Hymenocallis / Ismene

Jim McKenney jimmckenney@jimmckenney.com
Mon, 05 Jul 2010 09:59:45 PDT
Lee wrote: " Since every unaccented vowel (except for 'u' after 'q' and
between 'g' 

and 'e' or 'i') is always pronounced in Spanish, it seems there is no 

need to put an accent mark over the 'e' to indicate that it should be 

pronounced separately."



Thank you Lee. However, your statement is valid only for someone writing in


For someone writing in Latin the dieresis is necessary to preserve the
original syllabification because ae in Latin is pronounced as one sound, not


Other names which typically get pruned of a syllable or two in the English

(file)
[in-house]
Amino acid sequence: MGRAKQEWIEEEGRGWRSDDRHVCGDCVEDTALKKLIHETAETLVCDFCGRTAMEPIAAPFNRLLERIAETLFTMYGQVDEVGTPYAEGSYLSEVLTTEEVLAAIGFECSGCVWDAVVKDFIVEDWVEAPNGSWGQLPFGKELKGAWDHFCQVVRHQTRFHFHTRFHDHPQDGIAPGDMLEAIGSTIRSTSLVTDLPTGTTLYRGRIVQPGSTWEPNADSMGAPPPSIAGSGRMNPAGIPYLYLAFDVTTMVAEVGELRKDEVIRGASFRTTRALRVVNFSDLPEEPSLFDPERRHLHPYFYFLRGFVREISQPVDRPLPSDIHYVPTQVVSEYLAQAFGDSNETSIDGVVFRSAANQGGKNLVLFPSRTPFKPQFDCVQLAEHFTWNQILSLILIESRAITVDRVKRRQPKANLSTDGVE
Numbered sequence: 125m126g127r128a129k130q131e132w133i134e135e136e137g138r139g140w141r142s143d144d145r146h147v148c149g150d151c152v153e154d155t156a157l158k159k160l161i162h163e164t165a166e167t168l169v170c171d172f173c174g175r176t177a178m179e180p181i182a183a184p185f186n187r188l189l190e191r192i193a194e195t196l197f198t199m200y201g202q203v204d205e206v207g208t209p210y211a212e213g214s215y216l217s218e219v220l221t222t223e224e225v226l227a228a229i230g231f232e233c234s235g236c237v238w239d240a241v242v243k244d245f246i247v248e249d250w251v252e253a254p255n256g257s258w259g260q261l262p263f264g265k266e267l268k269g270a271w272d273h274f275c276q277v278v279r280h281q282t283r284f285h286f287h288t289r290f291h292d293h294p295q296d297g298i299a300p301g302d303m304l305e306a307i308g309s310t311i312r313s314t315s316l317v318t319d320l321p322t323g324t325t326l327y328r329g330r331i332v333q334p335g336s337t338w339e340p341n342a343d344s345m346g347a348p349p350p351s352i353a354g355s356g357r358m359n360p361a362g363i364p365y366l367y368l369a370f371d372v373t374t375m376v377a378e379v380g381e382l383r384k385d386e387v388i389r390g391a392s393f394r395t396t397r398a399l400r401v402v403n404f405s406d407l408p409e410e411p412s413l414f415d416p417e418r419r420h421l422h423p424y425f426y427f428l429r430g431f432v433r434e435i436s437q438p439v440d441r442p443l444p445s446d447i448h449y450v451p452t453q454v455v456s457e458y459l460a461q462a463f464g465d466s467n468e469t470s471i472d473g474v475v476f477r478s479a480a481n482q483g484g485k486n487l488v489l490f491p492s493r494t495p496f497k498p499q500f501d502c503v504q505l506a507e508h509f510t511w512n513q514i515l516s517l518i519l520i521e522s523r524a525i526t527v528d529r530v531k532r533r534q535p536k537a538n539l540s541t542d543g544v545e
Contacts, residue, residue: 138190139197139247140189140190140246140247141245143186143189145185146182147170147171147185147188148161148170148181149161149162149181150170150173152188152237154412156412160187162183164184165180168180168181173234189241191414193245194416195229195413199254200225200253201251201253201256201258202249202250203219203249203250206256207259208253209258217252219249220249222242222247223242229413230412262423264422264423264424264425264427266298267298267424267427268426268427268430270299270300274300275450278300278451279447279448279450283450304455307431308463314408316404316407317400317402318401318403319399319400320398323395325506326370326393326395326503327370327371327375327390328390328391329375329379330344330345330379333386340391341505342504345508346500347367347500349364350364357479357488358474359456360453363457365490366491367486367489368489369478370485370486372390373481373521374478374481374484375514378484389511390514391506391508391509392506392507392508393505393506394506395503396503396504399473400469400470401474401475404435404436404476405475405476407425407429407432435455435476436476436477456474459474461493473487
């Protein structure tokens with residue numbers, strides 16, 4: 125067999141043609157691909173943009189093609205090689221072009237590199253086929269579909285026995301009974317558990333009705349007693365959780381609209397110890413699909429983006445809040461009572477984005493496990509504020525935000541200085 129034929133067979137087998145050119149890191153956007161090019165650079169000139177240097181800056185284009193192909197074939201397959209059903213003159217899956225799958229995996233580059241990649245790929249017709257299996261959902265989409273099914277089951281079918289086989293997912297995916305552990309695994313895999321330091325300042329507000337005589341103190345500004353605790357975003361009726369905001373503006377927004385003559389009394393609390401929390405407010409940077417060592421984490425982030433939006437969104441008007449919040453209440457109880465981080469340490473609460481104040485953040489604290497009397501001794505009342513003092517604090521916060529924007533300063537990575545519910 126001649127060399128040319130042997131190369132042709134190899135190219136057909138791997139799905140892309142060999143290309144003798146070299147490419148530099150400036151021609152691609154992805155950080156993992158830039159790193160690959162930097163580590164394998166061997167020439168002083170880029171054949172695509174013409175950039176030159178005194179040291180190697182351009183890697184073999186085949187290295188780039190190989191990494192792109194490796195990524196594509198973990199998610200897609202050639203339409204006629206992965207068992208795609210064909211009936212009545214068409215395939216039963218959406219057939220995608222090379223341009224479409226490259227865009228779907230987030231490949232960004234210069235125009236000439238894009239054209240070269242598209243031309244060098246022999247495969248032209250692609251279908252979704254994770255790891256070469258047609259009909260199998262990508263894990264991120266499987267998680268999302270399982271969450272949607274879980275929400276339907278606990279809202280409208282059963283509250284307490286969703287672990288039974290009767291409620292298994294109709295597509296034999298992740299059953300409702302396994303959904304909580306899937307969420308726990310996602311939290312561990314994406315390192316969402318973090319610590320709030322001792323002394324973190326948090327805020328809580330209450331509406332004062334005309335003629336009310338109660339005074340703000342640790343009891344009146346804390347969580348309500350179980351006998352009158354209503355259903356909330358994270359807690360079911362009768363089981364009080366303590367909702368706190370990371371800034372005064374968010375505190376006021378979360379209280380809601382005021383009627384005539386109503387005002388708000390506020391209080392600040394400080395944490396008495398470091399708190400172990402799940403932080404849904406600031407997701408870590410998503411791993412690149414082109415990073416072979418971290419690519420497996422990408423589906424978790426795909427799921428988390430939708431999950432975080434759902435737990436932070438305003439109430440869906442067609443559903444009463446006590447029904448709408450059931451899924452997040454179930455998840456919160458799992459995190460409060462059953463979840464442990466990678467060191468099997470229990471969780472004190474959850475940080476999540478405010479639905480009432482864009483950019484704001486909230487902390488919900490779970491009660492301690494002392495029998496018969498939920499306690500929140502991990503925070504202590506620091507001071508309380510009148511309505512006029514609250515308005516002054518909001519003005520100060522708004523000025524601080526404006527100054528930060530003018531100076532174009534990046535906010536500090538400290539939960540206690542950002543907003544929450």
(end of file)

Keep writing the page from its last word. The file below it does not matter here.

speaking world: Danaë, Aloë, Kalenchoë, Leucothoë and all of those words
ending in –oides (the o and the i are to be pronounced separately). 


If you are following this discussion, perhaps you are wondering why, if the
dieresis is necessary in the words cited, it is not shown in the words
ending in –oides. The reason is similar to the rule Lee cited for Spanish:
just as a native speaker of Spanish does not have to be told to pronounce
the a and e in amancaes separately, someone trained in Latin knows that oi
is not a diphthong in Latin (the corresponding “look alike” combination in
Greek, omicron-iota, is a diphthong pronounced oi) – and so the dieresis in
Latin words ending in –oides is redundant (just as it would be redundant to
write amancaës in a Spanish text).  



Jim McKenney


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